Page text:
Michael Horvath, Fabiano Schivardi, and Michael Woywode
On industry life-cycles: delay, entry, and shakeout in beer brewing
Keywords: Entry; Shakout, Interbational cascade, Learning
JEL classification: D21; D83; L66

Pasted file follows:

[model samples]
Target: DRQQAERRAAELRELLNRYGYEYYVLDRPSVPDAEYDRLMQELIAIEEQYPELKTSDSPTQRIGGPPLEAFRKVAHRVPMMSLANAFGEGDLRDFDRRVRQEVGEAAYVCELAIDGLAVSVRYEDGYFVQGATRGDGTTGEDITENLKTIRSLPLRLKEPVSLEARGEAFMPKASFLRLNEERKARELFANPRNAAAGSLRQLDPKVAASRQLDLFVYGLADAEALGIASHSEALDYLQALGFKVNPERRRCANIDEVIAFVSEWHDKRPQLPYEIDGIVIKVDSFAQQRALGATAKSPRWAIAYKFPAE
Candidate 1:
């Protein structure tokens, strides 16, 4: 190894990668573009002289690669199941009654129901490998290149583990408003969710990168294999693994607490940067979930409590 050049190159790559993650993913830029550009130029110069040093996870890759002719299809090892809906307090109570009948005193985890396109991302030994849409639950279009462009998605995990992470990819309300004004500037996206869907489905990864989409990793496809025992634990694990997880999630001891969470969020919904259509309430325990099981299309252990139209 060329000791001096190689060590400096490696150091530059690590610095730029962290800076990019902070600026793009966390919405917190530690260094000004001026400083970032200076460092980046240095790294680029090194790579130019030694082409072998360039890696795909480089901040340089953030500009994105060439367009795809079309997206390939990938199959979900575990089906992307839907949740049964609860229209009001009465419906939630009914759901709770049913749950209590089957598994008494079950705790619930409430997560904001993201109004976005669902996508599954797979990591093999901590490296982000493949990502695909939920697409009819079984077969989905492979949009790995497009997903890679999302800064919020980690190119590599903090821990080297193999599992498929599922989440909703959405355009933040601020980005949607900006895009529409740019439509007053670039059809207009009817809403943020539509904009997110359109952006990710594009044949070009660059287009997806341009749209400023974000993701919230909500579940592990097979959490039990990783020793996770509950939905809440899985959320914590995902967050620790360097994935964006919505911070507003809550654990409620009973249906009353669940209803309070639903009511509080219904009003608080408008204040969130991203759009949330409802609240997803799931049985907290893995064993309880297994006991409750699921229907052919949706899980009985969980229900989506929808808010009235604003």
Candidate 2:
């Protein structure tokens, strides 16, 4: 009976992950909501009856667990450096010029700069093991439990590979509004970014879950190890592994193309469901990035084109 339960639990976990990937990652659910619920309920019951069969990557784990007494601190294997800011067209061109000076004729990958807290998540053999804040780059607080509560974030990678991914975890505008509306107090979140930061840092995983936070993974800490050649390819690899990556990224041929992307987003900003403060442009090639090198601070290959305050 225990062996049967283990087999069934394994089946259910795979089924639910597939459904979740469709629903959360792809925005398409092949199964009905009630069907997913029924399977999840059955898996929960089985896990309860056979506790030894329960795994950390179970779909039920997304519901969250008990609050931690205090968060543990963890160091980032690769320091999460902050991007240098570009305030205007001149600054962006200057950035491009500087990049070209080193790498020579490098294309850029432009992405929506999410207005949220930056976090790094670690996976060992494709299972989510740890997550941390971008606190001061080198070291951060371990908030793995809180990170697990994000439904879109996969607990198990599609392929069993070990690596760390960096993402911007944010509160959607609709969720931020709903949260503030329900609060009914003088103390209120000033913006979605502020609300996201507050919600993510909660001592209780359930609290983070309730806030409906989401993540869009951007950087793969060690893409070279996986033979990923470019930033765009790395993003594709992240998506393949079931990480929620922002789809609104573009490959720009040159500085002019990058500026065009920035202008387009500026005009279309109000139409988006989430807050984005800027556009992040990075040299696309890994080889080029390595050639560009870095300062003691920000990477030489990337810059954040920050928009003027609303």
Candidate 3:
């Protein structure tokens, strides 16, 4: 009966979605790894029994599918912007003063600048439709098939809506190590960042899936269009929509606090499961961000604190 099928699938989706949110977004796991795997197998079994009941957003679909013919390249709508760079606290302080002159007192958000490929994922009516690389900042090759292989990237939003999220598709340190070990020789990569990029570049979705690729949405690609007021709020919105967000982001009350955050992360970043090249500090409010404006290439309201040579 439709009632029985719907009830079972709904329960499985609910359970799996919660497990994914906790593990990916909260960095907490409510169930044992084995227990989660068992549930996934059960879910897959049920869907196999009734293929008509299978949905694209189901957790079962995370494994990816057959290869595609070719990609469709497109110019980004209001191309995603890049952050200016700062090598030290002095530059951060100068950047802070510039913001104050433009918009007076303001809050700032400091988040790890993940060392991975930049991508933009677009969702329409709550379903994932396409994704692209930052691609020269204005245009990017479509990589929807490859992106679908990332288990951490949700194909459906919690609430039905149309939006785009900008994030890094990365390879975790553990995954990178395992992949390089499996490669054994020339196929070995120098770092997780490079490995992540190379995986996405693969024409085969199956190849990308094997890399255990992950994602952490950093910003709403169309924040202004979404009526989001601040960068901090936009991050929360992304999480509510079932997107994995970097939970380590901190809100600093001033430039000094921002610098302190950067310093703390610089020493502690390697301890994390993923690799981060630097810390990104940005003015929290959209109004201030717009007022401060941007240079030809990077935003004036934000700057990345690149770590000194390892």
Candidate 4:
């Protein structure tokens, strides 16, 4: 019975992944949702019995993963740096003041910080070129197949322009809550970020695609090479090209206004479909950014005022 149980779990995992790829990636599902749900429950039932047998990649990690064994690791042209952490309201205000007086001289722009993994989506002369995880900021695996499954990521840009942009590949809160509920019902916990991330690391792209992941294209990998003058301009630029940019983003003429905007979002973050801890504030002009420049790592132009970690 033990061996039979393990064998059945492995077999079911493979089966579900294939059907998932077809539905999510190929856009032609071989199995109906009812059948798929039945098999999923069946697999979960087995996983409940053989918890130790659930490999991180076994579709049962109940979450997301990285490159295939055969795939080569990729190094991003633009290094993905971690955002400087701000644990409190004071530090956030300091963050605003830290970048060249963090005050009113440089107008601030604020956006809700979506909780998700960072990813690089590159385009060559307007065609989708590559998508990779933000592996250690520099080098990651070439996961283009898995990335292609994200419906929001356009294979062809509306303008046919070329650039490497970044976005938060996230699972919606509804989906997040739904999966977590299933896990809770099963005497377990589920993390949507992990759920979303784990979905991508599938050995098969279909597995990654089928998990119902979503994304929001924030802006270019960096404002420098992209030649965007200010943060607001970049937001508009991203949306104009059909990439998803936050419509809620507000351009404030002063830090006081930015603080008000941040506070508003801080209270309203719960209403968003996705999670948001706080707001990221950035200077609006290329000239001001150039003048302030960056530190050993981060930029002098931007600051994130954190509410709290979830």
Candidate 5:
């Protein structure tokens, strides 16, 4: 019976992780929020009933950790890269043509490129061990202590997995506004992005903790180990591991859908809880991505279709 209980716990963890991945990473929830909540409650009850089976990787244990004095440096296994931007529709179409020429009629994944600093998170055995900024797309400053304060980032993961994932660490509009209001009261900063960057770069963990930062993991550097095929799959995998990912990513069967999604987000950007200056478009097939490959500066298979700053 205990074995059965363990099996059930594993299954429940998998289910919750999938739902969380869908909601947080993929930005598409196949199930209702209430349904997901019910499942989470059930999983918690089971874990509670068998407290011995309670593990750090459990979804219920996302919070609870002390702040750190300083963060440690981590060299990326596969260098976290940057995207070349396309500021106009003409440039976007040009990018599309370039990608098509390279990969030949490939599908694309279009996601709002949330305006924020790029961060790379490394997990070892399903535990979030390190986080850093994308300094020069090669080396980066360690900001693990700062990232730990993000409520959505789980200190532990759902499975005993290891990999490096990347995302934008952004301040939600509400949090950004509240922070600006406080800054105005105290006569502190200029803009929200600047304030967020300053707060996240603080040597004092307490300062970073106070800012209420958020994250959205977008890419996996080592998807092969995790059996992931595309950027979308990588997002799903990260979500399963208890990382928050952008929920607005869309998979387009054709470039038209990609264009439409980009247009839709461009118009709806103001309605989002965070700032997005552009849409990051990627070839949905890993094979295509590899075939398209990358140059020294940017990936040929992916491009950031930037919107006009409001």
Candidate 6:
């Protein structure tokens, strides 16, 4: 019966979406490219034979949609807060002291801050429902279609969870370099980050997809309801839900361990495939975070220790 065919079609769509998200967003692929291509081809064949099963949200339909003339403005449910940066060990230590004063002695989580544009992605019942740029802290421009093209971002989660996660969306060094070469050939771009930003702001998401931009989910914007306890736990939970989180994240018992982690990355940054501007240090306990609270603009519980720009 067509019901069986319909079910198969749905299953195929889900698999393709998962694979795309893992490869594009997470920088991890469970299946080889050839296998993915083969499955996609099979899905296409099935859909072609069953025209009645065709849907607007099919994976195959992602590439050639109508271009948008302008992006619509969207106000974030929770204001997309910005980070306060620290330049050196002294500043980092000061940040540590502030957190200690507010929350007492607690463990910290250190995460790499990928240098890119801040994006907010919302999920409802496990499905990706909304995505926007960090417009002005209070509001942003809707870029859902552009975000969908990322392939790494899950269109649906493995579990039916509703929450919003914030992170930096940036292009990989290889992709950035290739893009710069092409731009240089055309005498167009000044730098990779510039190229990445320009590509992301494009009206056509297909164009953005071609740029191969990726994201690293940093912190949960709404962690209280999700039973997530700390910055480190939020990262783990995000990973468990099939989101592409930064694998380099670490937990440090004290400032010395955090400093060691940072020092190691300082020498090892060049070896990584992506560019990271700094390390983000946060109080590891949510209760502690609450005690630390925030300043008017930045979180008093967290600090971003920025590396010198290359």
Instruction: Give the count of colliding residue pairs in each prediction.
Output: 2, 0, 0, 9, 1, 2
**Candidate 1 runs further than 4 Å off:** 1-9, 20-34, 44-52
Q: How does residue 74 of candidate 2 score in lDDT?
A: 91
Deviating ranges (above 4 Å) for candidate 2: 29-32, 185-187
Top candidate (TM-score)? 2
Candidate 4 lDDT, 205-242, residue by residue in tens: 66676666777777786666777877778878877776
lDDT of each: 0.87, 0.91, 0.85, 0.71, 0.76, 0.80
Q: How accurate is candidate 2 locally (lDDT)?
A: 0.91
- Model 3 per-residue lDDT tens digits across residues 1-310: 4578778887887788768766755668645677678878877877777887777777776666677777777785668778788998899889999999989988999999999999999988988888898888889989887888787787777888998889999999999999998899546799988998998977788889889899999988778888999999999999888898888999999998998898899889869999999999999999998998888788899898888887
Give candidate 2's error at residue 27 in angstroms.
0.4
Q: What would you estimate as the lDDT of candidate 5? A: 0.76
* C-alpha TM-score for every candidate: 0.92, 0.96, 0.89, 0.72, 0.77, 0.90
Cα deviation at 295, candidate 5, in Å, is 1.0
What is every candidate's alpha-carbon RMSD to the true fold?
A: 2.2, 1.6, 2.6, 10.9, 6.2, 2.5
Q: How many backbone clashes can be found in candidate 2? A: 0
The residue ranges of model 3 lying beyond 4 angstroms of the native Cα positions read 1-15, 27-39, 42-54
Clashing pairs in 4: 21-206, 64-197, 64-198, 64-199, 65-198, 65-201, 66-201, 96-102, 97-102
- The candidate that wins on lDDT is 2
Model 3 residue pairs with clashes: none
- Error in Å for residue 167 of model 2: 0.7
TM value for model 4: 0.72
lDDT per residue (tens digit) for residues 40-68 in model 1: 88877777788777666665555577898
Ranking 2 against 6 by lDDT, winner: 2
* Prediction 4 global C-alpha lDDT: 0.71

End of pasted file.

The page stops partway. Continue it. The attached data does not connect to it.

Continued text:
Abstract: This paper proposes a new explanation for industry 'shakeout', an event in the life-cycle of many industries in which the number of firms drops significantly in a short interval of time. Based on an in-depth analysis of the shakeout in the United States beer brewing industry between 1880 and 1890, we propose that industry shakeouts naturally follow the periods of mass-entry by firms. Similar patterns are evident in two other industries we briefly examine: the US automobile industry and tire industries. While entry rates fluctuating broadly in all these industries, we find that the timing of exit for a given cohort of entrants is remarkably similar over time: the exit hazard rate is peaked in the first two years of every cohort's life and drops dramatically to low and stable levels for subsequent ages. In this sense, mass-exit follows mass-entry and does not require a deep explanation. We propose a theoretical model of information accumulation to explain entry to an industry. Entrepreneurs are uncertain about the profitability and this uncertainty is resolved through sufficient accumulation of information regarding the fortunes of incumbent firms. Delay in entry occurs solely due to the fact that it takes time to accumulate sufficient information to support more entry. The resulting entry pattern from simulations of the model looks much alike that observed in the industries we study.